We really like this carousel; three is a charm, right?

It is sad to see how fast the public can turn from being supporters to becoming bullies in a couple of weeks. If you log into twitter these days, the hashtag #KONY2012 has changed into #BONY2012 or #HORNY2012. The media have a big impact on us, proven in this case, but sometimes I am surprised how little we think for ourselves.

Have a look at this article from The Atlantic, isn’t this a more likely story? Notice the difference on headlines, pictures and intros. This type of “persuasion” was not provided in the mainstream media. Maybe it does not sell or is or is considered boring, but it is a more neutral way of journalism.

I have earlier discussed the major conglomerates and their goal to gain total control over media content and users. At that point I was referring to copyright and how our rights as participants are being restrained. Most people today own a mobile phone and the opportunity of being online is constantly there, “our phones become an interface to the internet” (Mitew 2012).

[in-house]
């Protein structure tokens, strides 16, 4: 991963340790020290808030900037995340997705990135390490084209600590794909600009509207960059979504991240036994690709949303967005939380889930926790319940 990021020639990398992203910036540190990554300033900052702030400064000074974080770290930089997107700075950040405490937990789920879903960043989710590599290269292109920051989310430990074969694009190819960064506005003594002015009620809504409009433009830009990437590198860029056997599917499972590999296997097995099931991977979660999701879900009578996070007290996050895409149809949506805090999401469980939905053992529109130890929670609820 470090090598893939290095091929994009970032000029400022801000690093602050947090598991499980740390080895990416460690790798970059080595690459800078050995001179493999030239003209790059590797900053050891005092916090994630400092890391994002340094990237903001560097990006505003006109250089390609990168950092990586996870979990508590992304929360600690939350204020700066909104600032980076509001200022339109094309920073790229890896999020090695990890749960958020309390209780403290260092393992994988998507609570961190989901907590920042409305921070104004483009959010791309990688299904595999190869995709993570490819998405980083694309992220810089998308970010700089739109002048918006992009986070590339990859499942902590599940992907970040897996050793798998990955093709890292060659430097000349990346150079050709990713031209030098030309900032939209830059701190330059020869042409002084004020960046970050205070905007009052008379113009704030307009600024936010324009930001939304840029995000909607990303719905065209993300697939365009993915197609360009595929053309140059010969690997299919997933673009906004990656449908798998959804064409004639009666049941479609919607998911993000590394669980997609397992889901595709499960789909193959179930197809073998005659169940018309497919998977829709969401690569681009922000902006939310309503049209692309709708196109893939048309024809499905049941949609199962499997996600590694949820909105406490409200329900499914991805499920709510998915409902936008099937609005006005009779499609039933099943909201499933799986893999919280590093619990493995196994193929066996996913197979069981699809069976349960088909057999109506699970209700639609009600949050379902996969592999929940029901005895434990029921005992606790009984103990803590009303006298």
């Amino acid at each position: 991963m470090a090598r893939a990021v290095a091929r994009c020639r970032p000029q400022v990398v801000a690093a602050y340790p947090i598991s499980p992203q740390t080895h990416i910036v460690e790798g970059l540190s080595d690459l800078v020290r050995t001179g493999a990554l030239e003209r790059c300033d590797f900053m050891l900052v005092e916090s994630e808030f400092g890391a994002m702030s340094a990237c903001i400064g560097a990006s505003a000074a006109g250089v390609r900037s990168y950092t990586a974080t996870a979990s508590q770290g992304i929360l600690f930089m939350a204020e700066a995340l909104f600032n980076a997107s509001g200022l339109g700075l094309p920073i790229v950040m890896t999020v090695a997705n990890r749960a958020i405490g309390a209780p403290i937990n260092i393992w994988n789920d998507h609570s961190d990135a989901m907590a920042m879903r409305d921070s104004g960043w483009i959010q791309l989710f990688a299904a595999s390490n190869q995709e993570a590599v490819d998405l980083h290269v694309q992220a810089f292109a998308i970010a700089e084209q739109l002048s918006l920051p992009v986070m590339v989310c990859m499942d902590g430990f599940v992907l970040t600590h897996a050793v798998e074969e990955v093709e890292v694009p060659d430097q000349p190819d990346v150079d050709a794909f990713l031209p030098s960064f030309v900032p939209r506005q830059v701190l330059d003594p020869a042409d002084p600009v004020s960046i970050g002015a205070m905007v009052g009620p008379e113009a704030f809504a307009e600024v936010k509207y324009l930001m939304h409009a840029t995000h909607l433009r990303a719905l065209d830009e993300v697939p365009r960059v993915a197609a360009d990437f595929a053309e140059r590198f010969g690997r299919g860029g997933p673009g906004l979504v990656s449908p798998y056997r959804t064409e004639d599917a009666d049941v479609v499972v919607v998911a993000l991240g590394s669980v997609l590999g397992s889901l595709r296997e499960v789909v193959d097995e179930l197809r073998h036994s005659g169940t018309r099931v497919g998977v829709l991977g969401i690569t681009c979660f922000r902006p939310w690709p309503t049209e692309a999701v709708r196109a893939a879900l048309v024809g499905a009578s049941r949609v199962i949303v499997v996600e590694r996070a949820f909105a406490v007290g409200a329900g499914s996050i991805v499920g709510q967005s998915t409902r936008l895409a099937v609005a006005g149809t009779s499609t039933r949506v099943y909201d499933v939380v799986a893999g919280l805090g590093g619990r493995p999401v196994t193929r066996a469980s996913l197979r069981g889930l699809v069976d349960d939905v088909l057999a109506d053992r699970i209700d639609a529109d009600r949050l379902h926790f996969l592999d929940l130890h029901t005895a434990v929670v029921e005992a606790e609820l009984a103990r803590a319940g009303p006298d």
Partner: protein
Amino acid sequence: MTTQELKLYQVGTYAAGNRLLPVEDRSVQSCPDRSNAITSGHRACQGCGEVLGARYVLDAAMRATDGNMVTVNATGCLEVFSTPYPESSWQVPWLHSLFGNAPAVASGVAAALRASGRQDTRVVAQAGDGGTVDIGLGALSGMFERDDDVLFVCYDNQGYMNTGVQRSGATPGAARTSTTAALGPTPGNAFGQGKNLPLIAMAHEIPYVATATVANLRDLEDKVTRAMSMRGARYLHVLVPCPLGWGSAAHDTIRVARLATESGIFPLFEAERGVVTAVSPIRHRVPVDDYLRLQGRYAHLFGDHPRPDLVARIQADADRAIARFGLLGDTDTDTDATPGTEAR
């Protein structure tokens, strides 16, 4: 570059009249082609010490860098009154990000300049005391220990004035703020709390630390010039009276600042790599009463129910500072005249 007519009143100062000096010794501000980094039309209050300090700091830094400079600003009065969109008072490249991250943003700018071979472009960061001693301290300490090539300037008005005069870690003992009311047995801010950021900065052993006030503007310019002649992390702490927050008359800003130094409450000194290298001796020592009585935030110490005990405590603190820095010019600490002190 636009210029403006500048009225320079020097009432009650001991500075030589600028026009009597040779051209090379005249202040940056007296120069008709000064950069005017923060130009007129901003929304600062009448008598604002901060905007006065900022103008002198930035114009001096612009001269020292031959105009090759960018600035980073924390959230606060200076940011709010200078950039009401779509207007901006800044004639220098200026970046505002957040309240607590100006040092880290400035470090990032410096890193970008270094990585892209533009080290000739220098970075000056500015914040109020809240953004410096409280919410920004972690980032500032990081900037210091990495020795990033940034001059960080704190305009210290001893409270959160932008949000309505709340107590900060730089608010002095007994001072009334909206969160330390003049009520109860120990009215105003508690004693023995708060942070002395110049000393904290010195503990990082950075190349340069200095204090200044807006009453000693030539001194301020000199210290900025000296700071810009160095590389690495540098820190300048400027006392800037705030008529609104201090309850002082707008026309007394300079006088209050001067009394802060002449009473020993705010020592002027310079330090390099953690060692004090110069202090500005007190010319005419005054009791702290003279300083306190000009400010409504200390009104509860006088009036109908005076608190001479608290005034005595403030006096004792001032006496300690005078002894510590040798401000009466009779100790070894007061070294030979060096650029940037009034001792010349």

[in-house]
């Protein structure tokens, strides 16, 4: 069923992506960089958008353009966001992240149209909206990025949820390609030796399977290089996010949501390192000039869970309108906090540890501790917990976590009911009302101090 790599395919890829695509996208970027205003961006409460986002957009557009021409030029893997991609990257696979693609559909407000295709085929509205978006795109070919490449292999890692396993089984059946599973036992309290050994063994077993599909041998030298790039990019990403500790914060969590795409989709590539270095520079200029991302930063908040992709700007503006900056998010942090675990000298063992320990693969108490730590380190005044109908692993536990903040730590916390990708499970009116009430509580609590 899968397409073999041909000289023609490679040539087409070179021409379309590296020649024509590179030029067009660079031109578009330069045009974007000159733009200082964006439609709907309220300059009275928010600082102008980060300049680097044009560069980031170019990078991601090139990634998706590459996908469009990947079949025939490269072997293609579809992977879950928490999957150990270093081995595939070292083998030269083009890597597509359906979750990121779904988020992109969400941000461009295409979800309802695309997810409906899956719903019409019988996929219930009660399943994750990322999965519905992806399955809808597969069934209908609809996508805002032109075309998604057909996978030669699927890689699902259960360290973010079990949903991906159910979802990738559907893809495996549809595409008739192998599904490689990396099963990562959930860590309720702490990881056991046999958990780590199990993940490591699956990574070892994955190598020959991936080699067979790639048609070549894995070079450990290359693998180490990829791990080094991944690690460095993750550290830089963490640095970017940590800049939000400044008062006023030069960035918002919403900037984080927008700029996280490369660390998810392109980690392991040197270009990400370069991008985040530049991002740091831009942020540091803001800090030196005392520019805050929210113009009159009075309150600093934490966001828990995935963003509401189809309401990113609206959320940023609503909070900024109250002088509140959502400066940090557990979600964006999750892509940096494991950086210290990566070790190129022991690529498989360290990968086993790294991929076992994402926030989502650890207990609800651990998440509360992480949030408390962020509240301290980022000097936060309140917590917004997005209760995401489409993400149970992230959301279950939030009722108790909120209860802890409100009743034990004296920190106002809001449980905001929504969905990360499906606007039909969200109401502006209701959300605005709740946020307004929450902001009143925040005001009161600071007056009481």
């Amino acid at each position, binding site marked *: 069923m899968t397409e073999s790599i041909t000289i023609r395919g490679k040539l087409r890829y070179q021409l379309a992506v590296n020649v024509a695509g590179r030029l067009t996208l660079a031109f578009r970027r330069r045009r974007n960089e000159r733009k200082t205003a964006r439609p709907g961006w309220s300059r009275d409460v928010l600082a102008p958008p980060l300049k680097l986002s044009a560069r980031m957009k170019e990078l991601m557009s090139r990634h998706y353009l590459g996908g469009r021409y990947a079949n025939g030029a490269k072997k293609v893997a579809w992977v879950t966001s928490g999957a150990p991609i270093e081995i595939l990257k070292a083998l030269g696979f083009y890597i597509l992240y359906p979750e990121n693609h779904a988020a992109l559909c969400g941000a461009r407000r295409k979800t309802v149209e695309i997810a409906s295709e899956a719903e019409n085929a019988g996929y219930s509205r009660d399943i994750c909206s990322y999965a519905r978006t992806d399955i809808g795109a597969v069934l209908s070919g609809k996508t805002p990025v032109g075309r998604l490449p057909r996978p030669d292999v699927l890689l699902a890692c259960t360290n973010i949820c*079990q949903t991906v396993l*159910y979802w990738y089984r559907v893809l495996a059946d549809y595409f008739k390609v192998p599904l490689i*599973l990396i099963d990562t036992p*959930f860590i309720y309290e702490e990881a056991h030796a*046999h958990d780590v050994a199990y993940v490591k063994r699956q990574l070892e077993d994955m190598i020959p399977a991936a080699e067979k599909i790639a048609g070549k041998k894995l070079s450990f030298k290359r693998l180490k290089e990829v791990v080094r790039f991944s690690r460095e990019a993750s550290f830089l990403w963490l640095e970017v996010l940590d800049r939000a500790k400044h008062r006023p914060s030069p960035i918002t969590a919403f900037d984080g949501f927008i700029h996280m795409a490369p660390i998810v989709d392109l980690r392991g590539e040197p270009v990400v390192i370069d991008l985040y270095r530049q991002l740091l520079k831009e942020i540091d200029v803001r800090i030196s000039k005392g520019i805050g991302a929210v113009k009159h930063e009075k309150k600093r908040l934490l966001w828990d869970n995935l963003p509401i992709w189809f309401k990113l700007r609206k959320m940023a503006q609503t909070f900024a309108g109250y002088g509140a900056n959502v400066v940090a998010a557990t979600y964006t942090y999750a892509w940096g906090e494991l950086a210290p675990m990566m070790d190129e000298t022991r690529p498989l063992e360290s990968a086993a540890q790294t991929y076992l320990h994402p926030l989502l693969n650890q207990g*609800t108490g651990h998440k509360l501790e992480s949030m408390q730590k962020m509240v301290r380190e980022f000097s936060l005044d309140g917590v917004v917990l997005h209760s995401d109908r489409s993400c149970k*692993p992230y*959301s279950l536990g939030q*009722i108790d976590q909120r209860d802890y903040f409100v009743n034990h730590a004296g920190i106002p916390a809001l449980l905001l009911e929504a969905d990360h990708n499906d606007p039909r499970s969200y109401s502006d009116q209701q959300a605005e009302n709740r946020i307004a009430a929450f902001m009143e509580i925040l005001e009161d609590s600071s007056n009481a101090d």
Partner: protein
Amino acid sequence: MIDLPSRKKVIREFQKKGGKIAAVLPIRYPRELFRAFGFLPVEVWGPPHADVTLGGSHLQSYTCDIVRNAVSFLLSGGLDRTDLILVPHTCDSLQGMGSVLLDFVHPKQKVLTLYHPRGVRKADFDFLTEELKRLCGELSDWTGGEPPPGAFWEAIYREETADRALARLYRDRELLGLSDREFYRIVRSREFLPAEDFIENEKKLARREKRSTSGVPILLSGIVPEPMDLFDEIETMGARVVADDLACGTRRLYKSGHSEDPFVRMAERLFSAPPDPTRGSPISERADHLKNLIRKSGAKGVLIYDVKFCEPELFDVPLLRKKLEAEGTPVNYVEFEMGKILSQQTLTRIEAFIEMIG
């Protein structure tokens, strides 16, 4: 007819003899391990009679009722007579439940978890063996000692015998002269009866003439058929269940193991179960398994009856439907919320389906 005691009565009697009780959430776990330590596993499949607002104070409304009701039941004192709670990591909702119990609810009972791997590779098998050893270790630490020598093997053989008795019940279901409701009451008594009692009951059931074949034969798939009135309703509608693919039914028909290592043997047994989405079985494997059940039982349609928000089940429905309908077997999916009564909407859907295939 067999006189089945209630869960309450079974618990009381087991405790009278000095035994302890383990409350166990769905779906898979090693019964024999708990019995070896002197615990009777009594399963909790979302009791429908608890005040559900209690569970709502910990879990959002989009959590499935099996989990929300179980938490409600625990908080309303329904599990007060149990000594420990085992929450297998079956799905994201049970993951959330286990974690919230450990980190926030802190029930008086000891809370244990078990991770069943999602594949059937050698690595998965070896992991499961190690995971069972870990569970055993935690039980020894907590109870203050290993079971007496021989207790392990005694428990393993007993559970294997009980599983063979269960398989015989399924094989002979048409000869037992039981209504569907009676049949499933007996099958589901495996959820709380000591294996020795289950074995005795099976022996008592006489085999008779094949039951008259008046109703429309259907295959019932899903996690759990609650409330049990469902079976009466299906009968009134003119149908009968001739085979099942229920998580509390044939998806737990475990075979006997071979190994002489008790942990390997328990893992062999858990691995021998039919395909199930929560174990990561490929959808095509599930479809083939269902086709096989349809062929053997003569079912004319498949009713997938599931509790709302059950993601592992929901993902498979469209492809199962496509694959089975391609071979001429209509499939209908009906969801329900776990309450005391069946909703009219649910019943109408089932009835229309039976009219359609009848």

Since we use our phones to this extent, should not the restrictions built into them worry us? Many industries today try to regain control over the market after the Internet came, and we should be aware of some of their ideologies. Look at Facebook or products from Apple, these are media platforms used by millions of people, and no one think about how controlled these mediums are. They are closed platforms, with “walled gardens of applications” (Mitew 2012), meaning that the producer decides what you as a user can do. They have taken complete control over the media-platform and the content in it. If you post something on Facebook which they do not like they will remove it, keeping you from the right to express yourself. It reminds me of the big media conglomerates.

Android phones and Flickr are examples of open media platforms. They give the user full control of the content and allow them to participate. Take Flickrs API page as an example. API stands for “application programming interface” and gives the user the possibility to create its “own program to present public Flickr data (…) in new and different ways”. Wikipedia (2012) states:

“The practice of publishing APIs has allowed web communities to create an open architecture for sharing content and data between communities and applications. In this way, content that is created in one place can be dynamically posted and updated in multiple locations on the web.”